Peter Tsai, sometimes referred to in recent media as “the man behind the mask,” is most famously known for inventing the N95 mask. N95s block up to 95 percent of the particles that come in contact with the mask using the corona electrostatic charging method. The mask's filter, which contains both positive and negative charges, attracts neutral particles, like bacteria from viruses, and polarizes those particles, trapping them before they can pass through the mask.
In 2020, Tsai came out of retirement in response to the COVID-19 pandemic, and he took on the task of working with the scientific collective N95DECON on ways to decontaminate N95s. Although he found that the best method of decontamination was to keep the masks in 160-degree dry heat for 30 minutes, which can be feasibly done by hanging them in an oven, Tsai’s recommended method of decontamination, as told to CNN Health, is to buy seven N95 masks and rotate them, using a new one each day. After not being in use for seven days during this rotation, any bacteria the mask has caught becomes inactive.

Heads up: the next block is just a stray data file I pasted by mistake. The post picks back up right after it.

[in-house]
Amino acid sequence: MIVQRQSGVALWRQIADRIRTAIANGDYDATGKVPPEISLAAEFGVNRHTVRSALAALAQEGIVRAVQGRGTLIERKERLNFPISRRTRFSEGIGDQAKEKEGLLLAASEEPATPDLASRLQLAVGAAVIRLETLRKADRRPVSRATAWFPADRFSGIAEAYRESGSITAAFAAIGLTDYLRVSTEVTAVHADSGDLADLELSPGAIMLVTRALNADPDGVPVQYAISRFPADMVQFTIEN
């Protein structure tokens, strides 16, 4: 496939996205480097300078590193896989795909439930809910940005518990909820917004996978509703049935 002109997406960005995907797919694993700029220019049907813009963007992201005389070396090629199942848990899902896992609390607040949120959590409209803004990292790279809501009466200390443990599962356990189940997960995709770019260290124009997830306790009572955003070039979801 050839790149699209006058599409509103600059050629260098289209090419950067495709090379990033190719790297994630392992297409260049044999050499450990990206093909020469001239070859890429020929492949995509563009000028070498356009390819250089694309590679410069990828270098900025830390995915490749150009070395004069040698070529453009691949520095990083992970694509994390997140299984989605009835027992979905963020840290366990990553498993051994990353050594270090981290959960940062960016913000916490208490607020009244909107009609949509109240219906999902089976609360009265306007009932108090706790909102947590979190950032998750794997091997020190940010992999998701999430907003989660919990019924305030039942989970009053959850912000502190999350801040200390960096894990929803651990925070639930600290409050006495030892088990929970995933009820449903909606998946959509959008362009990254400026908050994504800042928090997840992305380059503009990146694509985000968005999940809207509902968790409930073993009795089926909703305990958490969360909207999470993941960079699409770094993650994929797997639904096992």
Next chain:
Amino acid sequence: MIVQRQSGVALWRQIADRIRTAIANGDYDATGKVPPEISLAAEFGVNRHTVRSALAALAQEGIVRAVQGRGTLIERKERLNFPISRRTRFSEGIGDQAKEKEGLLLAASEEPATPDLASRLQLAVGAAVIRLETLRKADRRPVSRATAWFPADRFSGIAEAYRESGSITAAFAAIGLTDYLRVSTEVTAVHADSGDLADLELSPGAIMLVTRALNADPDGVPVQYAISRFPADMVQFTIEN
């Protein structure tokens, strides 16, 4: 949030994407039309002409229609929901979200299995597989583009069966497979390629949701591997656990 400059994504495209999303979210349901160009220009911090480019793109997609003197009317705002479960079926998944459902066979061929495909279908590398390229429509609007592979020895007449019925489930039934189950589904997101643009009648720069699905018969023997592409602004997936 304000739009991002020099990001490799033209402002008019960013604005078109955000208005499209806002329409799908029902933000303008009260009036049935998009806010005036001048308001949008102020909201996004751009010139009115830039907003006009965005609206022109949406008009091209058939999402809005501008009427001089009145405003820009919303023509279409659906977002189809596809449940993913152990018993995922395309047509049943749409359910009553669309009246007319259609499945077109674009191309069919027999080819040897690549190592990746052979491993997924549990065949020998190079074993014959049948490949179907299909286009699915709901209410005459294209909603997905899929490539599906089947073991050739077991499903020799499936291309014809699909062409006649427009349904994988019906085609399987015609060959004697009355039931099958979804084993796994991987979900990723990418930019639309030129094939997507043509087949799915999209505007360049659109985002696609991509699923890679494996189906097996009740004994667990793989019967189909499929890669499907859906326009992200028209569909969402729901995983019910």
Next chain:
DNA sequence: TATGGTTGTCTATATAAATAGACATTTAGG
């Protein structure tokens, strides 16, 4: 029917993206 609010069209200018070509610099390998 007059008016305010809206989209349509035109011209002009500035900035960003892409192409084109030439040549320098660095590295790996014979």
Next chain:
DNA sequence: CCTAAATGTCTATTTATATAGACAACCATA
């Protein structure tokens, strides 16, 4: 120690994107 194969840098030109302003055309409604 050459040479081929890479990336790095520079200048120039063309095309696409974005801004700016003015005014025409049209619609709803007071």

Peter Tsai (蔡秉燚) grew up on the family farm in Chingshui, Taiwan. As one of ten children in a low-income household, he learned the value of hard work early on. After graduating from Taichung Municipal Chingshui Senior High School and completing two years of required military service, he attended the National Taipei Institute of Technology in the hope of pursuing a career. Following graduation, Tsai worked at China Textile Testing and Research Center (now Taiwan Textile Institute) and then a dyeing and finishing company. Tsai decided to pursue a graduate program in the United States to fulfill his desire to understand his work in a more meaningful way through studying the theoretical concepts behind his interests—but realizing this dream took another four years as he accumulated the funds needed.